As they recover, some of the victims have trouble sleeping, but the staff is trained to help them through their trauma, working on day and night rituals, Manirakiza said.
“Sleep is a very challenging time for many of the survivors,” she said. “The staff will engage the women in art projects or they’ll sit up and watch a movie or they’ll talk. The staff are trained to work through nighttime routines and recreating positive rituals during those crucial times when a participant might go into crisis mode.”
Manirakiza said the women are allowed to keep their phones, but a safety plan is implemented when a pimp or trafficker tries to make contact.
“It can be challenging to not go back to the life,” Manirakiza said. “The program engages people in talking about safe relationships, choices, and their future.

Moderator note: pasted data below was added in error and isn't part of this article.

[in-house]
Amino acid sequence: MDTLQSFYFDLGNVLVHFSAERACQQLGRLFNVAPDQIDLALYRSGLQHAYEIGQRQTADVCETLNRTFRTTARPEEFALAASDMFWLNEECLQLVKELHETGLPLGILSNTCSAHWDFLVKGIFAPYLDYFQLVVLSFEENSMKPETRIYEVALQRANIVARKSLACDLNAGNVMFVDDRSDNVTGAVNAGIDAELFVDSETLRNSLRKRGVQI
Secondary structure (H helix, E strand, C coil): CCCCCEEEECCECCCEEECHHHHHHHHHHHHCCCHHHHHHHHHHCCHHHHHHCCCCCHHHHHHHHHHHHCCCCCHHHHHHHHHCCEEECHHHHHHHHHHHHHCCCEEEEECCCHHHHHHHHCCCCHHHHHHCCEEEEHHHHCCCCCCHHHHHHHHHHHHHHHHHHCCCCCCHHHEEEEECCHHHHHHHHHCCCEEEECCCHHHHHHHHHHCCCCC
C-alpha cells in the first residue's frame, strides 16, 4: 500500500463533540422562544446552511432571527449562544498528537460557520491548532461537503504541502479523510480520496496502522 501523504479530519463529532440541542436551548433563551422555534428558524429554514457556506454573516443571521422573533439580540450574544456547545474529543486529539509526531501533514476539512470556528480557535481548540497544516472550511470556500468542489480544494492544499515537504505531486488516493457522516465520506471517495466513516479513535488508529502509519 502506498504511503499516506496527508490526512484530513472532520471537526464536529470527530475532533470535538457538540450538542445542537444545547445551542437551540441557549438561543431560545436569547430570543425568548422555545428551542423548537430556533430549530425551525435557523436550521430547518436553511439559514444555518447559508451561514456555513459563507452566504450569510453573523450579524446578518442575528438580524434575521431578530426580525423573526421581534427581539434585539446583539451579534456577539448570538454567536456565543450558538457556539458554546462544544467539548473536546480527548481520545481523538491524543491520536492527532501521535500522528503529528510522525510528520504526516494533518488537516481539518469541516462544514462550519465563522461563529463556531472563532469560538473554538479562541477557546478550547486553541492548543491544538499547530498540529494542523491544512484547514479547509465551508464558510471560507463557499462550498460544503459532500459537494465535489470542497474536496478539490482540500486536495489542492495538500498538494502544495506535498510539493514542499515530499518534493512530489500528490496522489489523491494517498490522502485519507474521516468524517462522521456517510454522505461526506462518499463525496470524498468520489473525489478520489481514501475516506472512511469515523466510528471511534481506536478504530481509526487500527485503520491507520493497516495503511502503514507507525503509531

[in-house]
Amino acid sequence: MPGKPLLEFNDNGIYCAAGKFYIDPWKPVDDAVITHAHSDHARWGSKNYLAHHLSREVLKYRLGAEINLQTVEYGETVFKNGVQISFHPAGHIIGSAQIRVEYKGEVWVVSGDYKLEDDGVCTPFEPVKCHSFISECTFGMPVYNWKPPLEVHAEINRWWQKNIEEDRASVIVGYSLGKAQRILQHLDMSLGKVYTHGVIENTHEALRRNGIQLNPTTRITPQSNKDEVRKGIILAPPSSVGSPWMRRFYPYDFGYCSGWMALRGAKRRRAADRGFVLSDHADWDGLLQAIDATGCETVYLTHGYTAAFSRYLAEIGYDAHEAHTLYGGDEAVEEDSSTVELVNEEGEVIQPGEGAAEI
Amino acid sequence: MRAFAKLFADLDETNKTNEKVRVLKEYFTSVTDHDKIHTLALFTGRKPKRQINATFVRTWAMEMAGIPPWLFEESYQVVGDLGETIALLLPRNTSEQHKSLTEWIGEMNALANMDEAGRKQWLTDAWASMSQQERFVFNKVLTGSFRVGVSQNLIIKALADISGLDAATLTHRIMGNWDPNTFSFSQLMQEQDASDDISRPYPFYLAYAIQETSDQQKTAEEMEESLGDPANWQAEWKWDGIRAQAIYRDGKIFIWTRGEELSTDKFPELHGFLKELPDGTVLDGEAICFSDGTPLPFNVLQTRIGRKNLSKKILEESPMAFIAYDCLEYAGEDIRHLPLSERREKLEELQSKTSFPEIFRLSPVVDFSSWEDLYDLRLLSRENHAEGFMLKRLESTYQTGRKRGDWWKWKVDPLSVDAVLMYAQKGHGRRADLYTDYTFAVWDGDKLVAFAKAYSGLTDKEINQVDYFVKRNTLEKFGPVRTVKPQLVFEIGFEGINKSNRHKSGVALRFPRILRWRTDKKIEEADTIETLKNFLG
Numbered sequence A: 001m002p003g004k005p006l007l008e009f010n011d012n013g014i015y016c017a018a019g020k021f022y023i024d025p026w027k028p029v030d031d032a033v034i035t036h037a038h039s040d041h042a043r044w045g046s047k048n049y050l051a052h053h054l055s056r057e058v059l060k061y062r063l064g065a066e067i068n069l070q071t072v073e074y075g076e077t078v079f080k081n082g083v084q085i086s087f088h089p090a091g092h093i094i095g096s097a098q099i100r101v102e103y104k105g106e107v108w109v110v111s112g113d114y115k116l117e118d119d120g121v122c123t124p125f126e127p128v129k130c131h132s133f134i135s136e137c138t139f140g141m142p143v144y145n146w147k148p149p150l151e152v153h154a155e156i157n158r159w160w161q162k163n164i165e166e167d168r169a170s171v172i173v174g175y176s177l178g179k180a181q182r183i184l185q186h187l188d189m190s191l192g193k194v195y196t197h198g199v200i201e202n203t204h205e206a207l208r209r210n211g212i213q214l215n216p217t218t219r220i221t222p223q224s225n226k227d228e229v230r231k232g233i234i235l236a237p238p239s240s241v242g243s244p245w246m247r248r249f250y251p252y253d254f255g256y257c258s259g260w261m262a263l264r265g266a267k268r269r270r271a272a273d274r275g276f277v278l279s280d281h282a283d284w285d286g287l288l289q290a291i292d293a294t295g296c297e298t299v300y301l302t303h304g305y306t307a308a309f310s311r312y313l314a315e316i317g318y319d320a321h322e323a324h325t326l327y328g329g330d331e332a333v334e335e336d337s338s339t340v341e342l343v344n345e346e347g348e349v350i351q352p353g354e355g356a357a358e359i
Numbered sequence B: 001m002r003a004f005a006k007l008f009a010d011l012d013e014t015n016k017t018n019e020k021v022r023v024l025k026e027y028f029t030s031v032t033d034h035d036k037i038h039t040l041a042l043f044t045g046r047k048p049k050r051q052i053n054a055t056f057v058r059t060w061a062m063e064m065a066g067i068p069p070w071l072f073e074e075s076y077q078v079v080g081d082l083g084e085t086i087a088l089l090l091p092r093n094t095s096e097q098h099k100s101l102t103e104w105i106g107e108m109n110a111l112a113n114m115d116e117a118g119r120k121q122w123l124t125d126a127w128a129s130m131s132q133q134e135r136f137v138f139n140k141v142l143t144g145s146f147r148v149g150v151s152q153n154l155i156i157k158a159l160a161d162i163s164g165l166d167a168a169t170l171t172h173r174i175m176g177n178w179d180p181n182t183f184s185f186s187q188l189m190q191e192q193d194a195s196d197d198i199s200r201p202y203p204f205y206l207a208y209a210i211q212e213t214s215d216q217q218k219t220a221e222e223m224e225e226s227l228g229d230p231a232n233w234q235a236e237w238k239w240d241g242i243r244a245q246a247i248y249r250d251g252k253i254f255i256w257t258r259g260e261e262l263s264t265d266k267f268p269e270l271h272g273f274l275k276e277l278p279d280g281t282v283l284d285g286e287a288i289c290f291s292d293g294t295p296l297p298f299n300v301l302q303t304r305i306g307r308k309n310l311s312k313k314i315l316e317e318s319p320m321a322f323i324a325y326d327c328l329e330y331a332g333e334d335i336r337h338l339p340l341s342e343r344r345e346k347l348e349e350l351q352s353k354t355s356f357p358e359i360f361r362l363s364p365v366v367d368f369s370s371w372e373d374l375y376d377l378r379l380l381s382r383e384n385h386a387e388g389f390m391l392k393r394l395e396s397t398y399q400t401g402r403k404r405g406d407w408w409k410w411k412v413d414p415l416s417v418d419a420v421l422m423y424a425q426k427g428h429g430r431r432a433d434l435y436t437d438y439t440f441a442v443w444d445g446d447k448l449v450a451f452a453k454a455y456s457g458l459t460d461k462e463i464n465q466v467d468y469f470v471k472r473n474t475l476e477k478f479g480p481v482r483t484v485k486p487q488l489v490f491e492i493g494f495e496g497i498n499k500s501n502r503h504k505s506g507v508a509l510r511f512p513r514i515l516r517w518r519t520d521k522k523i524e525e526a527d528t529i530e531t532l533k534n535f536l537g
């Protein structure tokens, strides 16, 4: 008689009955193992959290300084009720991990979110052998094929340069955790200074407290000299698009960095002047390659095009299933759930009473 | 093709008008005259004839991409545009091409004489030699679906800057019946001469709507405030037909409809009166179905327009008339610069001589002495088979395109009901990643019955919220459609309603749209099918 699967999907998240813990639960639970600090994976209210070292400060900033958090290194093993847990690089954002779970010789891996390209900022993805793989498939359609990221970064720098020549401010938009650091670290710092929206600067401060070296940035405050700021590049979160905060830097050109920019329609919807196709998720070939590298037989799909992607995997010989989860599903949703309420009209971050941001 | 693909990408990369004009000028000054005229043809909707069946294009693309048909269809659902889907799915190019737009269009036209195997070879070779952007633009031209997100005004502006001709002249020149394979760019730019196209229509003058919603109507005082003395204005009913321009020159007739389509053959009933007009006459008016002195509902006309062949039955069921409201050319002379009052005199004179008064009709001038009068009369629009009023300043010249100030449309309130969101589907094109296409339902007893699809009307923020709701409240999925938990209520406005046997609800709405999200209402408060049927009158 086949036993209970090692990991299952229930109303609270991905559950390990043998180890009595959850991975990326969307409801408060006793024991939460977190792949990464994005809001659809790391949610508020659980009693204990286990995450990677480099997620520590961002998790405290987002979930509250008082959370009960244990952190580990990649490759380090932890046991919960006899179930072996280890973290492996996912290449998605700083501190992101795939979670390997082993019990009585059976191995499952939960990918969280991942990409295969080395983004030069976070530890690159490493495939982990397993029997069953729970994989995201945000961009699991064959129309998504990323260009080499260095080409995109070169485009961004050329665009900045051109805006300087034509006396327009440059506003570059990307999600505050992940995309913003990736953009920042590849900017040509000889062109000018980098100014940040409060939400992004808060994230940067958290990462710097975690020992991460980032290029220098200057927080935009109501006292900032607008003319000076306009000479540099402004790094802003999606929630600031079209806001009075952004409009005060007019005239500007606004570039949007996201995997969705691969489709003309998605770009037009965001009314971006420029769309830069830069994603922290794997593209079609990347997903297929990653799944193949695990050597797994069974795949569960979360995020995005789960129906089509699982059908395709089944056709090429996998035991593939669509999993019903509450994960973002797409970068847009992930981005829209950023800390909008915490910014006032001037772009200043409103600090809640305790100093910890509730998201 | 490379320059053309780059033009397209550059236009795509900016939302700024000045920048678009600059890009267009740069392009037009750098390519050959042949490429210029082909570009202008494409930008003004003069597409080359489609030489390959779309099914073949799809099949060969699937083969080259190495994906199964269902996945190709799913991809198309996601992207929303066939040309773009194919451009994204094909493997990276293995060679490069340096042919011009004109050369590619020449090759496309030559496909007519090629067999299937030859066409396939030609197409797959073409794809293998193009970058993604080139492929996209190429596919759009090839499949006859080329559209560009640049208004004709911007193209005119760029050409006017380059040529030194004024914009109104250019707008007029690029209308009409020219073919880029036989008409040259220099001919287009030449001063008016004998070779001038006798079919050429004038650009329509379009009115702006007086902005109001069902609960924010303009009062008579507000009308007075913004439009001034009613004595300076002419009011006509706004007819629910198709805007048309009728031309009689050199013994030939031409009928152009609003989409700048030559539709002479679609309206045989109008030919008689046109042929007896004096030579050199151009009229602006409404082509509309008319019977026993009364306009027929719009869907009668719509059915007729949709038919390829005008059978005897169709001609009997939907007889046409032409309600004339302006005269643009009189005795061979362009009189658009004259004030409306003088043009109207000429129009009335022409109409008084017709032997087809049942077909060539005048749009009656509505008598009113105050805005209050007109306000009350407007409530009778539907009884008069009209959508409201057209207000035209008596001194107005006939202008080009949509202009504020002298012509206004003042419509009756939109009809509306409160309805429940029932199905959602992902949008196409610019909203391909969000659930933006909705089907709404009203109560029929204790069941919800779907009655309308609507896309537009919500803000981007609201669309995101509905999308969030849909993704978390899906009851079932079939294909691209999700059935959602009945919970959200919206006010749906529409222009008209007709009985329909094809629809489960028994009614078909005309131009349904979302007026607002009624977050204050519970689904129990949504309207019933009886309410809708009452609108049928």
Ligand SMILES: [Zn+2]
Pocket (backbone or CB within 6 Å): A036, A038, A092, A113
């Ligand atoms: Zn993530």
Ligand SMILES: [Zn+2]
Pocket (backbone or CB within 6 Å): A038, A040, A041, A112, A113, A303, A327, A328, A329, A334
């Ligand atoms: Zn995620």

— Susan Santucci
Some of the women first make contact through the drop–in center. It serves as an oasis in the middle of Kensington’s “open air” street track, where heroin, crack, and commercial sexual exploitation are prevalent.
“The drop–in center is where we’re meeting them on the ground level, meeting them exactly where they are, and providing a safe space. They’re able to set goals and begin some of the work they have for themselves,” said Arielle Curry, the assistant director of human trafficking for The Salvation Army in Philadelphia.
Helping many of the women is Courtney Fyock, a victim advocate funded through The Salvation Army’s Office for Victims of Crimes task force grant.
“When they come in, we do crisis counseling,” Fyock said. “We do a lot of stabilization and then connect them with housing resources. That seems to be the number one thing they need.”